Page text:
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Archer, Joby progress toward FAA certification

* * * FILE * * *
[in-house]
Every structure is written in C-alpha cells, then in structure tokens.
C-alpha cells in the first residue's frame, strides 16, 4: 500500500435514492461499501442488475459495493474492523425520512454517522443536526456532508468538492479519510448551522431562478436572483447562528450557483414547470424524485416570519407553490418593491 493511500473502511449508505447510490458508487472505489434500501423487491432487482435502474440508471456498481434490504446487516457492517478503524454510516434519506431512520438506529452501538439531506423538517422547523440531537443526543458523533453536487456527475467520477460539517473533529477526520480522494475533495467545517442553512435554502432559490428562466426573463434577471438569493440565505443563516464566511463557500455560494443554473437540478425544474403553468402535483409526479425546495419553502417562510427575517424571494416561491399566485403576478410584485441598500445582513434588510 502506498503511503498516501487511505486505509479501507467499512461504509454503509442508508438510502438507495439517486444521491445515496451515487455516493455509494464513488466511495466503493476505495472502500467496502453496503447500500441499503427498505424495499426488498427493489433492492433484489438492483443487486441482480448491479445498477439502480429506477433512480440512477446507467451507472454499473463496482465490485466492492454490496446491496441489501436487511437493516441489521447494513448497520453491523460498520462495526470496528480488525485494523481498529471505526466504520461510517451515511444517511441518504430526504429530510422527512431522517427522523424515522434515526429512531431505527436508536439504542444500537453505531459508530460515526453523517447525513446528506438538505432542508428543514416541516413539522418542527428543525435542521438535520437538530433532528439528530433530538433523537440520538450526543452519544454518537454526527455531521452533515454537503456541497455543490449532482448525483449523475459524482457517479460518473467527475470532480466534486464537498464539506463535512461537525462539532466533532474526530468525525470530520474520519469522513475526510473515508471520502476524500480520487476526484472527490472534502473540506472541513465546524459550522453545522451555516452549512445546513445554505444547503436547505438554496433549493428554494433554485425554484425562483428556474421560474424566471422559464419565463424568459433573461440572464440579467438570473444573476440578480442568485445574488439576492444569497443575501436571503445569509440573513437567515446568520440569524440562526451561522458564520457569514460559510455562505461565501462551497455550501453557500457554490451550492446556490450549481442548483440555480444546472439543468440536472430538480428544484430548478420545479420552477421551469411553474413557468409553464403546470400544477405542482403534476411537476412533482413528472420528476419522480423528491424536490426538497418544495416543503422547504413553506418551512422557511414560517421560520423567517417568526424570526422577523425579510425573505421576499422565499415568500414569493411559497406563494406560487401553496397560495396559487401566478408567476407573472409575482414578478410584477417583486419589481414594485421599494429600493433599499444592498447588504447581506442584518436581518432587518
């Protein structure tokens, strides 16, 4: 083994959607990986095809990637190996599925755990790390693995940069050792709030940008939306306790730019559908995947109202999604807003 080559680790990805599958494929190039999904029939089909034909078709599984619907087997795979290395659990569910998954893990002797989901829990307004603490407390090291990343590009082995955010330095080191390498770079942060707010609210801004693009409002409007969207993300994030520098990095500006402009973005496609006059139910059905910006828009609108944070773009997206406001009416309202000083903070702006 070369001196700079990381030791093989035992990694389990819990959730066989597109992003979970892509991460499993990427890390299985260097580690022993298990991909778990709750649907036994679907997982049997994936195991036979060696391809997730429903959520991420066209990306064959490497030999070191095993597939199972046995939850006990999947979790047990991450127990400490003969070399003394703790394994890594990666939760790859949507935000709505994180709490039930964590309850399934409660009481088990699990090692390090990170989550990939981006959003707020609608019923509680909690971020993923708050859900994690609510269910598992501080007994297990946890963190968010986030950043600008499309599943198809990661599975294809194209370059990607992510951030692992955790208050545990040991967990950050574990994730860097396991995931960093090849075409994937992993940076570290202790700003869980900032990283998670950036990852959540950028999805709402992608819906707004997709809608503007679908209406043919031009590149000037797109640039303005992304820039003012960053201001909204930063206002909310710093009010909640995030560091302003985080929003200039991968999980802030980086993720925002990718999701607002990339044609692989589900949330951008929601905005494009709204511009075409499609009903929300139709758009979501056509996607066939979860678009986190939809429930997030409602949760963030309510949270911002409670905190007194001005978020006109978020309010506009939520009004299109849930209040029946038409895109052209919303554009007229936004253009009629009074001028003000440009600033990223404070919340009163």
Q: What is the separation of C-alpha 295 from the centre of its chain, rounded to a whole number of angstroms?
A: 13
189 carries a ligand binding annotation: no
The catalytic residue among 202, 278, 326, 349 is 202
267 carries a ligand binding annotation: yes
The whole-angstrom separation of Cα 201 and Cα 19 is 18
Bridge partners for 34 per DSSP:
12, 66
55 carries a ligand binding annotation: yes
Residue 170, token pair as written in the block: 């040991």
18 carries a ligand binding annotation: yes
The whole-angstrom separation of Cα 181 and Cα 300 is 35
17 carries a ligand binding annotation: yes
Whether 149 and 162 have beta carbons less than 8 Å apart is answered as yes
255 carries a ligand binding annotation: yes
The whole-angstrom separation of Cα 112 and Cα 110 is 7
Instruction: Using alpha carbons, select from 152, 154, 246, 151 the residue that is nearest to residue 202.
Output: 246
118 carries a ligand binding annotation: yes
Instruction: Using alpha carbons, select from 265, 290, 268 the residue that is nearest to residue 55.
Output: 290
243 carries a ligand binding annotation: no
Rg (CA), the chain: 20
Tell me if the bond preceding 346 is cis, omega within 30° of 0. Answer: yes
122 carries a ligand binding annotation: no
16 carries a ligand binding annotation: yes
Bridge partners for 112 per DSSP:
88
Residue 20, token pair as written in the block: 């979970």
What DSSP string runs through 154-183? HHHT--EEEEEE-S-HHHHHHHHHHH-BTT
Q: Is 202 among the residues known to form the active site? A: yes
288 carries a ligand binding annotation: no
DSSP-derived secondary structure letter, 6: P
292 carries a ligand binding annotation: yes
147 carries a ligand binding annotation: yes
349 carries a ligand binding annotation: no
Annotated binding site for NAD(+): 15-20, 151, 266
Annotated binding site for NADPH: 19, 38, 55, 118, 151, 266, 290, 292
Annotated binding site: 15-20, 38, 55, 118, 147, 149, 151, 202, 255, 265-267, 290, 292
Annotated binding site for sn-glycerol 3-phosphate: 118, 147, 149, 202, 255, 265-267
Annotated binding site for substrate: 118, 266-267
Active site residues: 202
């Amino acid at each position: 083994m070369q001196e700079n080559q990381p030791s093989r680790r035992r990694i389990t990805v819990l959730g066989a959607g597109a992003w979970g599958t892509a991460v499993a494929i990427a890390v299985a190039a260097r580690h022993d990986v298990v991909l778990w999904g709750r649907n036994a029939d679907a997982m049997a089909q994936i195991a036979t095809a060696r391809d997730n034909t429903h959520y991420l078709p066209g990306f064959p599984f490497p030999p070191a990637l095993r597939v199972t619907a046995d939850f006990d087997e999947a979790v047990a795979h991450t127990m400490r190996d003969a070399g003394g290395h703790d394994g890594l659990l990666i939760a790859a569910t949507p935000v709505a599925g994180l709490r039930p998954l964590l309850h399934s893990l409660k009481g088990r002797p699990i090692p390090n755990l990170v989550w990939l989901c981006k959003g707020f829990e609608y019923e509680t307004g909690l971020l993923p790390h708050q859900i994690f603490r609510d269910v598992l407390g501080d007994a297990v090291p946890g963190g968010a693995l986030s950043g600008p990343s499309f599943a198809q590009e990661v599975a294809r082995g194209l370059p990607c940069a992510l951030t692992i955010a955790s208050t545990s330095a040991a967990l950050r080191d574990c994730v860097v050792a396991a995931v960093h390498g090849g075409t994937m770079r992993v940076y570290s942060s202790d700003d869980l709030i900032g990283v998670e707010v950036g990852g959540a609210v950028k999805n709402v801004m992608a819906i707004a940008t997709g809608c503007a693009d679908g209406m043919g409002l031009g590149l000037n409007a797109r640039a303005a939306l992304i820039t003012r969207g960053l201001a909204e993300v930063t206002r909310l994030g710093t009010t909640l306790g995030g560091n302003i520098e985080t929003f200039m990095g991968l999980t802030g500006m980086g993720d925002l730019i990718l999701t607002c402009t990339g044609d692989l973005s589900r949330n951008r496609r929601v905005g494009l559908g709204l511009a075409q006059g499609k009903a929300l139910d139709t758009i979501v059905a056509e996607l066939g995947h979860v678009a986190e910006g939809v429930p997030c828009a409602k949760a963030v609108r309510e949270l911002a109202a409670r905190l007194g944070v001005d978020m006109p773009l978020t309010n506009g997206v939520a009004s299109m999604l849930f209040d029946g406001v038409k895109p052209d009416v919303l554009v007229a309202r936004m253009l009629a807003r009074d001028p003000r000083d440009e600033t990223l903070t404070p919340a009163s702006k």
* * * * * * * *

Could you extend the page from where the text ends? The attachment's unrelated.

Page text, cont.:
Two eVTOL companies are progressing toward FAA certification, announcing new milestones like Part 145 maintenance certification and approval for a propulsion certification plan. On Thursday both Archer Aviation and Joby Aviation announced each received Part 145 Repair Station Certificates from the FAA. With a Part 145 certificate from the FAA, each company can perform select maintenance activities on aircraft. Part 145 certification is a crucial step toward commercialization for each company's eVTOL and a key requirement in running commercial flight operations. Joby is believed to be the first eVTOL developer to receive a Part 145 Certificate, setting the foundation for future maintenance, repair and overhaul (MRO) services for its eVTOL aircraft. "This approval marks another foundational piece of Joby's vertically-integrated strategy, including aircraft development, manufacturing, charging systems, commercial flight operations, and now maintenance operations, as we prepare to bring our revolutionary eVTOL aircraft to market," Joby President of Operations Bonny Simi said.Archer eVTOL Archer also announced its Part 145 certification on Thursday, reinforcing its closed collaboration with the FAA as it progresses toward commercialization. "This is a major vote of confidence from the FAA on Archer's promise and potential for operating a full-scale urban air mobility service in cities across the country," Archer founder and CEO Adam Goldstein said. "As we continue to rapidly advance towards commercial operations, we will be working closely with the FAA and regulators around the world to ensure Archer's aircraft are safe and ready to transform mobility, providing a sustainable, low noise, and cost-competitive alternative to decongest our biggest cities." With the new certification, the companies can begin performing select airframe, radio and instrument repairs on traditional aircraft and can expand MRO services in the future. Joby said the certificate will allow the company to provide paid on-the-job training to aspiring aircraft technicians. The certificate ensures maintenance and repairs are performed by authorized experts to ensure operations adhere to federal regulations. "Receiving our Part 145 certificate from the FAA is an important step towards developing the needed maintenance, repair and overhaul services to support Joby's commercial flight operations, as well as establishing career pipelines for people who want to become eVTOL aircraft technicians," Simi said. Joby's eVTOL is designed to carry a pilot and four passengers at speeds up to 200 mph. Archer's Midnight is a piloted four-passenger aircraft designed for rapid back-to-back flights with minimal charge time in between. Next-gen eVTOL air taxis offer a sustainable, low cost and low-noise option for the flying public. Air taxis can replace a 60-90 minute commute by car with a 10-20 minute ride in the sky.Archer eVTOLOn Wednesday Archer shared its first three conforming Midnight aircraft were under construction, with the first set to begin final assembly in the coming weeks. The initial fleet of piloted aircraft will begin piloted flight testing later this year and then be used in for-credit flight testing with the FAA. The aircraft will have the necessary components and systems to conform to the intended design type and allow for for-credit flight testing with the FAA after Archer completes the flight testing phase, planned to begin later this year."The key to achieving FAA certification is flying a conforming aircraft. I believe we are positioned to be the first in the sector to do so," Goldstein said. "From day one, Archer's strategy has been to build an aircraft that is certifiable and manufacturable at scale. This focus is what has allowed us to move quicker and more efficiently than any other company in the industry over the last few years."Joby eVTOL On Friday Joby announced the FAA had accepted the certification plan for its propulsion system. This is another crucial step toward receiving type certification for Joby's eVTOL. The propulsion system was designed by Joby. The certification plan includes the company's electric propulsion unit, propulsion system, variable pitch actuation, coolant pump, nacelles and associated electric wiring. "We now have an approved path across our certification program for all of the structural, mechanical, and electrical systems of our aircraft," Joby President of Aircraft OEM Didier Papadopoulos said. "This sets the stage for our team to execute against that path with a well-defined approach to for-credit testing and analysis as we continue to lead the industry towards certifying an electric air taxi with the FAA." "I'm grateful to the incredible Joby team as well as the dedicated personnel at the FAA who continue to work hard to bring safety and innovation together, keeping the United States at the forefront of new aviation technology and capabilities." Achieving FAA certification involves an extensive, multi-step process. This involves an intense review of the design, manufacturing and performance of a novel aircraft type and requires the company to demonstrate its each aspect of its aircraft can meet safety regulations. Joby currently has all but one certification plan accepted and the final document is under FAA review. Joby is close to completing the third of five phases in the type certification process, now shifting its focus to the fourth stage, which entails detailed testing and analysis of the aircraft's systems and components. Joby completed 30-for-credit tests for the FAA in 2023. This included multiple flight electronics units and structural materials. The testing methods and processes that have been validated through testing will set the standard for the continued expansion of FAA-for-credit testing.
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